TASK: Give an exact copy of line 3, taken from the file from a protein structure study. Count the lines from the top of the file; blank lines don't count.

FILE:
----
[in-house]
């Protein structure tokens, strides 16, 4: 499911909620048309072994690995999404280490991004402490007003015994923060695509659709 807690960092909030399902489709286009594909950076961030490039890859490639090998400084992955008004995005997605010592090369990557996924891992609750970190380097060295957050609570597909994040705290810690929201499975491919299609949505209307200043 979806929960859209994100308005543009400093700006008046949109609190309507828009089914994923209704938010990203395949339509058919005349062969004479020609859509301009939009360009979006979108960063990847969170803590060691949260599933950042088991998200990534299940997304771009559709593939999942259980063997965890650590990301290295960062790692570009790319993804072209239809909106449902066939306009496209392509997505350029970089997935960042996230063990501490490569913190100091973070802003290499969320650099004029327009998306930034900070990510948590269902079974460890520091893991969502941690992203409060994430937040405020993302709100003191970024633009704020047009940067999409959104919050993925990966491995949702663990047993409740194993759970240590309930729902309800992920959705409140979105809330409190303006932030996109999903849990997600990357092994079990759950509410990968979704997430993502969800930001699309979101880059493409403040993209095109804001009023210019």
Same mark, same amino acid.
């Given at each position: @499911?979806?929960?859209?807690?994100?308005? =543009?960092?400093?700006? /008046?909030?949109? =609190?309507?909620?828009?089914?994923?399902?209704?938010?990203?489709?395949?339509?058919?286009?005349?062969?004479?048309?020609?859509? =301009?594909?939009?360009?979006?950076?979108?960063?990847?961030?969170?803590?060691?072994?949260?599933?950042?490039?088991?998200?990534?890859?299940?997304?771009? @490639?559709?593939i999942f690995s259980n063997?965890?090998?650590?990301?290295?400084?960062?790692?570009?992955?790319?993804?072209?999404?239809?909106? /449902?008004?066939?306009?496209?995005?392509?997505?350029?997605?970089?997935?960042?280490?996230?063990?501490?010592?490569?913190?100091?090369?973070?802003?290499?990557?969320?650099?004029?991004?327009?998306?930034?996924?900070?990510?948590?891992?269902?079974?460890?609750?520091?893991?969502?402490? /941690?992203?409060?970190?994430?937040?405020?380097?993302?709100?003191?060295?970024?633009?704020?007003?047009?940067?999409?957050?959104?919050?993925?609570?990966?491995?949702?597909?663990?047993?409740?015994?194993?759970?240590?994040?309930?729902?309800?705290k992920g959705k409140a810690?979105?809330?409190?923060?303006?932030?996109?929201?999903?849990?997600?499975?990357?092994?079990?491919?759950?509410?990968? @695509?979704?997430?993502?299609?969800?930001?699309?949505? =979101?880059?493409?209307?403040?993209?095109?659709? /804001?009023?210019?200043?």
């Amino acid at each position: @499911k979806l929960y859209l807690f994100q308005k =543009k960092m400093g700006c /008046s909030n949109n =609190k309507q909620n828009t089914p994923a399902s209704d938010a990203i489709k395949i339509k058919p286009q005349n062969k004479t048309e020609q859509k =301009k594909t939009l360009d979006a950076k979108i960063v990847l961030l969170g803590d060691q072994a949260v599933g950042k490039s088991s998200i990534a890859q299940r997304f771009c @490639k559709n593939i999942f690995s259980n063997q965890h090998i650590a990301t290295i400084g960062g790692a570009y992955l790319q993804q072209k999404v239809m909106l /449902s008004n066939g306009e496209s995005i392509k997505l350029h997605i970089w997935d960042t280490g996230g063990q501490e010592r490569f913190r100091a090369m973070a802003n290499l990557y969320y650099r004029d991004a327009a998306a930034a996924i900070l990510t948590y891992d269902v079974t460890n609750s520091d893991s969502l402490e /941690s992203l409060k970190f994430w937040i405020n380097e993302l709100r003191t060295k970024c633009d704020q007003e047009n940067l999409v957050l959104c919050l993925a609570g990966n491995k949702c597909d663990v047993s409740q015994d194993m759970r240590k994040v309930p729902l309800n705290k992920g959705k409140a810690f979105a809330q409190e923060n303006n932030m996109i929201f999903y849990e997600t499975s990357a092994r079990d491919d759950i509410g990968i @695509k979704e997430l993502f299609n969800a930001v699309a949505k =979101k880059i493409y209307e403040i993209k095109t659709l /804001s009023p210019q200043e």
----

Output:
Same mark, same amino acid.